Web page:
Given these unresolved issues and potentially contradictory findings, the SGM strives to answer the following questions: (a) are new work demands related to boundary management, detachment, and recovery; (b) what are work-, non-work and health-related consequences of work/non-work boundary management; (c) which mediators might explain and which moderators might influence the relations between new work demands on the one hand and boundary management, detachment, recovery, and health outcomes on the other; (d) what advances in terms of theory and methodology need to be made in order to broaden the work/non-work research field. Applicants are invited to submit their abstracts to any of these topics.

Conference program and location
The EAWOP SGM on “Work without boundaries” will take place over three days, beginning on Wednesday, 16th September 2015 and ending on Friday, 18th September 2015.

The conference will include three keynote lectures, a "meet the editor" session, as well as approximately 20 interactive oral presentations of all accepted papers. Dr. Ellen E. Kossek, Dr. Clare Kelliher and Dr. Evangelia Demerouti are the confirmed keynote speakers. Dr. Kossek will present developments in terms of theory on boundary management. Dr. Demerouti will focus on the recovery process and its importance for the work-home interface research. Dr. Kelliher will present new developments in working environments (the so-called »new ways of working) and their impact on the work-home interface.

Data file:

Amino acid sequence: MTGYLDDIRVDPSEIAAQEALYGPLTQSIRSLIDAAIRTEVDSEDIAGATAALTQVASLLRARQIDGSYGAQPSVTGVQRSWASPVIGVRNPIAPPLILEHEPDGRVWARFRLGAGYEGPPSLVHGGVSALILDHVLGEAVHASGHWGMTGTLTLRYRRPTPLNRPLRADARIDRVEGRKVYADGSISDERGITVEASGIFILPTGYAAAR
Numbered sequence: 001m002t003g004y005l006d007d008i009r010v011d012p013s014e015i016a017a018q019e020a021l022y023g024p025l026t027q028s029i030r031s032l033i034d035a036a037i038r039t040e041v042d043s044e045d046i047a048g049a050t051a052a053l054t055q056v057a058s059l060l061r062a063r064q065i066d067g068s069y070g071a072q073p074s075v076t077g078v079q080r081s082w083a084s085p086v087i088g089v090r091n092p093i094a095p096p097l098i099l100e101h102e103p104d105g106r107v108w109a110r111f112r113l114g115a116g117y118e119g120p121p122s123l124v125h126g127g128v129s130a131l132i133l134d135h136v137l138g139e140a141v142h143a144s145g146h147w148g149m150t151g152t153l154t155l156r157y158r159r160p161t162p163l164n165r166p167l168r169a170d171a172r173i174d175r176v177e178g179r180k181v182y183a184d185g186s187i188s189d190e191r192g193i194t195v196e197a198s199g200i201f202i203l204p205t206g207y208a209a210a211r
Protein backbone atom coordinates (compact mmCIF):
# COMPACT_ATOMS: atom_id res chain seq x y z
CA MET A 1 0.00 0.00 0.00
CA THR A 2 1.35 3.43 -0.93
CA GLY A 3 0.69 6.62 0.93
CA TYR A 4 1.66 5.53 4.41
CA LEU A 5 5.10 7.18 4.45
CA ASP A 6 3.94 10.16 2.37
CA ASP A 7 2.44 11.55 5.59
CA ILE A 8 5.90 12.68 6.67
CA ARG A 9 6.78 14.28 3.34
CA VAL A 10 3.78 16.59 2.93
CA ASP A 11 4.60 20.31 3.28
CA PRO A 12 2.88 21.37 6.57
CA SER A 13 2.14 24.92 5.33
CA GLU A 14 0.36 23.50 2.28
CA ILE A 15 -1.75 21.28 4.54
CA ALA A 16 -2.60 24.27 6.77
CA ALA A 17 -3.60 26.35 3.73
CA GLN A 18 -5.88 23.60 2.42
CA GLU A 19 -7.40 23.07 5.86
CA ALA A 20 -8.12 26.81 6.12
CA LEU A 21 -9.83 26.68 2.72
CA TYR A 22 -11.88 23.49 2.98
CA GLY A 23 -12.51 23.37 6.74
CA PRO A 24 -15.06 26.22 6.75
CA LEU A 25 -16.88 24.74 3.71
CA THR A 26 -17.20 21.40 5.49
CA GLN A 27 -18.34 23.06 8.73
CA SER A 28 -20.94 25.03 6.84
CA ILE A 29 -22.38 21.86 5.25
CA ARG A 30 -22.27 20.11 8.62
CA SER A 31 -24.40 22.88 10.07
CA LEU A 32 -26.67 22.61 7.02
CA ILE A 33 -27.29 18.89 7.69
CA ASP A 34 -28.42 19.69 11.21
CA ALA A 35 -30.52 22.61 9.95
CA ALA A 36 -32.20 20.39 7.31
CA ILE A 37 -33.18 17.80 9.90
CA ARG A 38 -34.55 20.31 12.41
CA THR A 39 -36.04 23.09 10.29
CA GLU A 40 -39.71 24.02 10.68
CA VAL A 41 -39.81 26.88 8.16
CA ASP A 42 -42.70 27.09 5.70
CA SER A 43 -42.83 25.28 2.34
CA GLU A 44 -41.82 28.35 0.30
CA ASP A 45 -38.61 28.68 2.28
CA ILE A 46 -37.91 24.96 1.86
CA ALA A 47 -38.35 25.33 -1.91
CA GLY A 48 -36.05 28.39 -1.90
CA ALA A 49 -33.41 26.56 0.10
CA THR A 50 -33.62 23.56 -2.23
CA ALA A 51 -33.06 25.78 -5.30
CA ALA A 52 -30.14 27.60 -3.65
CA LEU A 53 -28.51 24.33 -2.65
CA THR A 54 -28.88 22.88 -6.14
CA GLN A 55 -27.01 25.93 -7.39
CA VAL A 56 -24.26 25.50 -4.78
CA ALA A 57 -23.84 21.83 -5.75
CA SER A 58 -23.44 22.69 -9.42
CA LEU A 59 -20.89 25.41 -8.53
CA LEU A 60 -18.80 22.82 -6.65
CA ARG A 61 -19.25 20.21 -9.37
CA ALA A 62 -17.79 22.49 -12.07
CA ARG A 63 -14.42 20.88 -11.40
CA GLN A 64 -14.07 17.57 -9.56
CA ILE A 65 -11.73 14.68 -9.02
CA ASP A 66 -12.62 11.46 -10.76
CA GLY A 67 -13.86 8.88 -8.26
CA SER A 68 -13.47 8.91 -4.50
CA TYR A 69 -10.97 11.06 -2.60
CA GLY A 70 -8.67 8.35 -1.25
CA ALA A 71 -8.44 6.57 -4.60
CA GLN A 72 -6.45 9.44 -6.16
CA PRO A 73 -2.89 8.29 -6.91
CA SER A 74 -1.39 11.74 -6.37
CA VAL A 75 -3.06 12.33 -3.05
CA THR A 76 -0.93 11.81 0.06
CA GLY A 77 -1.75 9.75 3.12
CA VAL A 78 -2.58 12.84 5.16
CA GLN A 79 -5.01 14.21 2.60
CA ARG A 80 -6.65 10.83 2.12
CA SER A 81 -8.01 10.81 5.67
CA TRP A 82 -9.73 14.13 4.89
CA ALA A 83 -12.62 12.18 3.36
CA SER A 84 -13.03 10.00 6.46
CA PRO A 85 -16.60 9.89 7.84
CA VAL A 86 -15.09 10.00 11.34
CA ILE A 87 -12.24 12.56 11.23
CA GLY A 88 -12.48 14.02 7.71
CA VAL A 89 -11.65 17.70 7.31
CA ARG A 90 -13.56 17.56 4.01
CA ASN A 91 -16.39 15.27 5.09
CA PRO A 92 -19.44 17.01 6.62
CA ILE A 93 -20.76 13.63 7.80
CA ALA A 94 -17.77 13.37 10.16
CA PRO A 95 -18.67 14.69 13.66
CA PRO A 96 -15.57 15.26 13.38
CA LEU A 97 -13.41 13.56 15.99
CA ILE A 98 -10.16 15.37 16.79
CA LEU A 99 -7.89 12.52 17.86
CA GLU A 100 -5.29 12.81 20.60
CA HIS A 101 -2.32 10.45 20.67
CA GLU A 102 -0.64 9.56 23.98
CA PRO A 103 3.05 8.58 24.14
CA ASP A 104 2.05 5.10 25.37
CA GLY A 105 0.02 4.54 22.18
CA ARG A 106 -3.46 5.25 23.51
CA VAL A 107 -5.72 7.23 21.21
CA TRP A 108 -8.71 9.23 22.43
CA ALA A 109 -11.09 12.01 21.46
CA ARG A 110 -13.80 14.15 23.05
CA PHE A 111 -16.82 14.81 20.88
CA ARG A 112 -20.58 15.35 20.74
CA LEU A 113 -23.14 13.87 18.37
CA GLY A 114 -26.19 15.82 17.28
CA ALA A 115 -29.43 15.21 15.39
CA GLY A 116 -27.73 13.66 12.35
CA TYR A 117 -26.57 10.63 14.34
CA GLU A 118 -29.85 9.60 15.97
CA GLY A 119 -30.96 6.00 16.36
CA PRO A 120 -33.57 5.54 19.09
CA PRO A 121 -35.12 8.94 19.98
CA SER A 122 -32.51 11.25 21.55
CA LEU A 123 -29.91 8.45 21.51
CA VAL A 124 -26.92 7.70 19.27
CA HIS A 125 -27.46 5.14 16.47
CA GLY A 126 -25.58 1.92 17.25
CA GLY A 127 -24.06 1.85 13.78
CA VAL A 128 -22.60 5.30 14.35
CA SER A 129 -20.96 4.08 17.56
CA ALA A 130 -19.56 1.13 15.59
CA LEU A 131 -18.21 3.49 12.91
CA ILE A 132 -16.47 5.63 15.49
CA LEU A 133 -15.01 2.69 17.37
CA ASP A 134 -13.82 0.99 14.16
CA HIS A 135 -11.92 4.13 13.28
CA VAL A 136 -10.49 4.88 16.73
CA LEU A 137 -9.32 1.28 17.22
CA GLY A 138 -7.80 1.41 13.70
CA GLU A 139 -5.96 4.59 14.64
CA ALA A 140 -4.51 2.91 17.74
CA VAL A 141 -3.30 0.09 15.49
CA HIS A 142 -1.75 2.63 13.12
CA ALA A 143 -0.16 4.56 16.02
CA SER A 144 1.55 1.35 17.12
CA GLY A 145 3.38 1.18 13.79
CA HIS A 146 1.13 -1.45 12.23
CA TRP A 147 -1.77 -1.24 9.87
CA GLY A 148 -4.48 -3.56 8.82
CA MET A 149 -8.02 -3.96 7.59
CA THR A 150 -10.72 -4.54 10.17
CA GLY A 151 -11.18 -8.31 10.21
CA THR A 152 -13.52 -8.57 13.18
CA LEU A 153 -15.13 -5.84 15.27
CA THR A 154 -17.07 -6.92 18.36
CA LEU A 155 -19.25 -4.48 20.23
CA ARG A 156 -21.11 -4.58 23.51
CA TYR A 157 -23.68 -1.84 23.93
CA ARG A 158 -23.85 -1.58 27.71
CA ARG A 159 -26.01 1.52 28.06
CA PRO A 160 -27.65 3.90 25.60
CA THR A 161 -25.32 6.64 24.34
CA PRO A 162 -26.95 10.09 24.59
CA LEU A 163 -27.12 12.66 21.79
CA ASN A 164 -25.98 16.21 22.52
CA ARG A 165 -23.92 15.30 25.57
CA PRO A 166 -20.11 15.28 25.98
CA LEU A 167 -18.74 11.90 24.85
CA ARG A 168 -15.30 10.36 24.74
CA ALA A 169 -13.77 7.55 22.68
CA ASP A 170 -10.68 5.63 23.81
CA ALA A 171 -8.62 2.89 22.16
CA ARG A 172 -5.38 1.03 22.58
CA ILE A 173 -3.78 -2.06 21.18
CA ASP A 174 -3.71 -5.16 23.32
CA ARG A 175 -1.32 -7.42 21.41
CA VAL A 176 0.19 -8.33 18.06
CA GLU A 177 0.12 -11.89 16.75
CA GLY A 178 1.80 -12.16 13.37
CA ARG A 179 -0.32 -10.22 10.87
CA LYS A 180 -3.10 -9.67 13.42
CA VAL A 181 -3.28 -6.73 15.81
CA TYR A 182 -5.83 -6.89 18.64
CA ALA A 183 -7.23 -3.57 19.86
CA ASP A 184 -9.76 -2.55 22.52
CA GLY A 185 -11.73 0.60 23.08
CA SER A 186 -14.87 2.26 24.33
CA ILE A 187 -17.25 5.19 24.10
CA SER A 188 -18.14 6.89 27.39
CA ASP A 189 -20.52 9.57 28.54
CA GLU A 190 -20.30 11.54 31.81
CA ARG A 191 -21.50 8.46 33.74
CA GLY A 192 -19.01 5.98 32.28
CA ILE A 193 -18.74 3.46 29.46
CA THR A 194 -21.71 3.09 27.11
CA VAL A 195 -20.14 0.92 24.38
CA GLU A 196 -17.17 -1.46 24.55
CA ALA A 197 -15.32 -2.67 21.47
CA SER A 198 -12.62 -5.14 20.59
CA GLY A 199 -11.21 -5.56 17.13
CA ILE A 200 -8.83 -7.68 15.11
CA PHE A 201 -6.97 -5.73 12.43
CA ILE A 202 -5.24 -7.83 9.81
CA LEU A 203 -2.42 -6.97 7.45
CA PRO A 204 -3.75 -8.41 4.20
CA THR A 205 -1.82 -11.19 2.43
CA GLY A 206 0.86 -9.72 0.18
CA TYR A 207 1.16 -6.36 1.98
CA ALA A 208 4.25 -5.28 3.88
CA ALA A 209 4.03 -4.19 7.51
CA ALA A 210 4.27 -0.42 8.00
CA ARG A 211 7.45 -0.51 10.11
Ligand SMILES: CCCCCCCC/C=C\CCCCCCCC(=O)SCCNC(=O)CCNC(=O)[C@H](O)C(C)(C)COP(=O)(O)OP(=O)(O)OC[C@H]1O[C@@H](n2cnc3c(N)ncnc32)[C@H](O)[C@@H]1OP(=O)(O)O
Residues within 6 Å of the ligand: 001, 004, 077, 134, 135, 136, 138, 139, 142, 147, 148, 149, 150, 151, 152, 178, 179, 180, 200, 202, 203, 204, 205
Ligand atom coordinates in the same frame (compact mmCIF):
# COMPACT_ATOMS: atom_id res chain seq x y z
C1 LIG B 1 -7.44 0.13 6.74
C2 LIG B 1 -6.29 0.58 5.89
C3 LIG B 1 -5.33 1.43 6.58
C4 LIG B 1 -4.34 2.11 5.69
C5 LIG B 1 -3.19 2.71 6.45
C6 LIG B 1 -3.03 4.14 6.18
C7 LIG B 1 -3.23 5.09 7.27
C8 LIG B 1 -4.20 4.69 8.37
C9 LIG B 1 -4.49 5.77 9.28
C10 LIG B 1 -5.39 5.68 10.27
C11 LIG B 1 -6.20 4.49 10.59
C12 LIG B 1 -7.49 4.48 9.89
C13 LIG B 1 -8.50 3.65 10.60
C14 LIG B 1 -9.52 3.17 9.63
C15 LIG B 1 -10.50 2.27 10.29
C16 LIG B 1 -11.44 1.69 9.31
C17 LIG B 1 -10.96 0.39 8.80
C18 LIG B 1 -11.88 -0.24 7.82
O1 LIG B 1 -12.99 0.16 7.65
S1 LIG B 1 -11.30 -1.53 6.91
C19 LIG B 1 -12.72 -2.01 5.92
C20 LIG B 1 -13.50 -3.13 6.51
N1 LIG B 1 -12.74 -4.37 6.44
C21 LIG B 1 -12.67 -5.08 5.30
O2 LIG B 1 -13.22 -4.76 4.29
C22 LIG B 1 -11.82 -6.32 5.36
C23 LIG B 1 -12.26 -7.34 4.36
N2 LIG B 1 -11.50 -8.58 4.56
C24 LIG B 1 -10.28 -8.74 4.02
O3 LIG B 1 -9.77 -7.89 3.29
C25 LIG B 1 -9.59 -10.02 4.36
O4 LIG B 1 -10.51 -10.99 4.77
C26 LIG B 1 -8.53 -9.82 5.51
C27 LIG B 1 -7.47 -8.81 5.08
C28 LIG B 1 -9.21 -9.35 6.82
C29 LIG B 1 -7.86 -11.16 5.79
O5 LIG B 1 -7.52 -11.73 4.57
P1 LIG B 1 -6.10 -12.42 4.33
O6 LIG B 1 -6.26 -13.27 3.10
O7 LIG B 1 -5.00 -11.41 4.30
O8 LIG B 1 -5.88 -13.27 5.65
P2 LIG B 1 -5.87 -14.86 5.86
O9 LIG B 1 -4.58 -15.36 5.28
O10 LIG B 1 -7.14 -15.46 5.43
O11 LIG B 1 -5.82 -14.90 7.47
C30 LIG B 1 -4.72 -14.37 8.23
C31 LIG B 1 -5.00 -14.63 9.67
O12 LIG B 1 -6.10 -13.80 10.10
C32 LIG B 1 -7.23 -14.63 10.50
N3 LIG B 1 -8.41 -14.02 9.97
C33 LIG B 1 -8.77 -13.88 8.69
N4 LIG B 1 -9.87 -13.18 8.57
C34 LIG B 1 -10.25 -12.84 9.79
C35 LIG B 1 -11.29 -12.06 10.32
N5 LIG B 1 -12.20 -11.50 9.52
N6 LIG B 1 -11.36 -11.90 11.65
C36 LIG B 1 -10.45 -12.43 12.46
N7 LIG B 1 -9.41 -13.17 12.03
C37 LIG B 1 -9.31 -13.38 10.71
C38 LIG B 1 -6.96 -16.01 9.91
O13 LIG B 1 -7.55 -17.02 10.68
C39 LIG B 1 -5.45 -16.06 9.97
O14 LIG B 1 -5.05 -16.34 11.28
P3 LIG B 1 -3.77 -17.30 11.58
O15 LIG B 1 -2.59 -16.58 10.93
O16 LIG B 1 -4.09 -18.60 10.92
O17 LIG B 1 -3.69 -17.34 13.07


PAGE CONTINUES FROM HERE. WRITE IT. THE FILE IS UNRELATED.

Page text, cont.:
The SGM will be held in Vienna, Austria. This beautiful city with 1.8 million inhabitants was chosen to be the world's most livable city for the sixth time in a row. According to the Lonely Planet, this “new old city” is packed with imperial history; at the same time it has exciting contemporary museums, lively eating and nightlife scenes, and many quiet corners to explore ( Whether one chooses to travel back in time by visiting Schloss Schönbrunn, Hofburg, and other museums or to enjoy the overwhelming opportunities to relax and eat, Vienna has a lot to offer. As it is also one of the most musical cities in the world offering a wide range of concerts from opera to musical, music enthusiasts will not be bored either. Given these facts, it is no surprise that Lonely Planet lists Vienna among the top 10 cities to visit in 2015.